Effects of inflammation on cell proliferation in the myenteric plexus of the guinea-pig ileum
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- Bradley Jr., J., Parr, E. & Sharkey, K. Cell Tissue Res (1997) 289: 455. doi:10.1007/s004410050891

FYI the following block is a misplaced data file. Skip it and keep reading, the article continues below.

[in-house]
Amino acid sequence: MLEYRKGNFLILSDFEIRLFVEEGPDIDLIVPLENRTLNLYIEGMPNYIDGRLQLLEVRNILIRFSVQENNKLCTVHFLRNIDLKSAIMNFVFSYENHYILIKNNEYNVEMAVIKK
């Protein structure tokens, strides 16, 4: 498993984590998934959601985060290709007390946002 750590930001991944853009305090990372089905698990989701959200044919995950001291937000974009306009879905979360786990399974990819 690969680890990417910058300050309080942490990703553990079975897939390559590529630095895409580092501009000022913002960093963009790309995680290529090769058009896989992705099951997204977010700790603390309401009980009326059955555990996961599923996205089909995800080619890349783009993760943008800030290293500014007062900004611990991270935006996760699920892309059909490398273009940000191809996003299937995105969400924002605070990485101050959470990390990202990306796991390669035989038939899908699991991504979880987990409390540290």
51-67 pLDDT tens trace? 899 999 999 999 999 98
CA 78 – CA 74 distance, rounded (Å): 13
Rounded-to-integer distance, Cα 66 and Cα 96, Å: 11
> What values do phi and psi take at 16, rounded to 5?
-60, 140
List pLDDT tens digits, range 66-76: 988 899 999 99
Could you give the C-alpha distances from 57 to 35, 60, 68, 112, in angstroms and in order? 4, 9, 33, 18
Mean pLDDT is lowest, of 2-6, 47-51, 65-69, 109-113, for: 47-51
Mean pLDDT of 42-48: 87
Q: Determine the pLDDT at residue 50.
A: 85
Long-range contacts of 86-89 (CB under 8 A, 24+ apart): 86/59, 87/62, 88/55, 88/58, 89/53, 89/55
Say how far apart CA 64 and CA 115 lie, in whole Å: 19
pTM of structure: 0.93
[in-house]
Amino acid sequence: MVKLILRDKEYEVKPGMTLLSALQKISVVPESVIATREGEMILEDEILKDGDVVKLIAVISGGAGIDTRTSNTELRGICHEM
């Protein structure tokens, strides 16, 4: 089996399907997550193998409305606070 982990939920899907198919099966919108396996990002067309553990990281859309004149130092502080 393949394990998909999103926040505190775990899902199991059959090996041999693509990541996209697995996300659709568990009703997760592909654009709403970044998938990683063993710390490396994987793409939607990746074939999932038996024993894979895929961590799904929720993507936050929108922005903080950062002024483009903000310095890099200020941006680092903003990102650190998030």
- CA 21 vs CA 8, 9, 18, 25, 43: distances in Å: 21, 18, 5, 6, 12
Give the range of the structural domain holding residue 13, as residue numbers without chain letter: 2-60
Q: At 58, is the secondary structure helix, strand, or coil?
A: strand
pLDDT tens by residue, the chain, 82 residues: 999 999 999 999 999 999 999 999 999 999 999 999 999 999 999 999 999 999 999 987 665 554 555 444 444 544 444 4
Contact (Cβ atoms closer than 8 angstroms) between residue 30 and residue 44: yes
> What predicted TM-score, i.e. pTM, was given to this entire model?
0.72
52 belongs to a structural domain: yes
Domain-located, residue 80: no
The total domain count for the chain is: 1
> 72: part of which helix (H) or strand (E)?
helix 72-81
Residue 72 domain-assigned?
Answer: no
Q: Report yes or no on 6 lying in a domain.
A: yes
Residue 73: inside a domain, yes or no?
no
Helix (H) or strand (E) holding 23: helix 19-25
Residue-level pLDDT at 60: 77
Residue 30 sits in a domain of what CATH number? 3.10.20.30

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This study was undertaken to investigate the occurrence and identity of dividing cells within the myenteric plexus of the guinea-pig ileum and to analyze the effects of inflammation induced by trinitrobenzene sulfonic acid. The incorporation of 5-bromo-2-deoxyuridine, or BrdU, into replicating DNA was used to label proliferative cells, and immunohistochemistry was used to assess the occurrence of BrdU in specific cells of the myenteric plexus. Compared to normal tissue, inflammation is associated with increased BrdU labelling in the crypts and in the substantially thickened muscle layers. In longitudinal muscle/myenteric plexus whole-mounts, there was a significant increase in BrdU labelling of the myenteric plexus after induced inflammation. No BrdU-labelled neurons were detected in tissue double labelled with neuron-specific antibodies. Fluorescein isothiocyanate/dextran-labelled macrophages were rare or absent from the ganglia, and none were double labelled with BrdU in the muscle layers. CD3-immunoreactive T cells were substantially increased in the inflamed longitudinal muscle, but still rare or absent within the enteric ganglia. Some BrdU-labelled T cells were observed in the longitudinal muscle but not in the myenteric ganglia. Lastly, in tissues double labelled with anti-BrdU and anti-S-100, many BrdU-containing cells within the myenteric ganglia were found to be S-100-immunoreactive glial cells. We conclude that inflammation does not stimulate the appearance of new myenteric neurons but does stimulate mitosis in myenteric glia.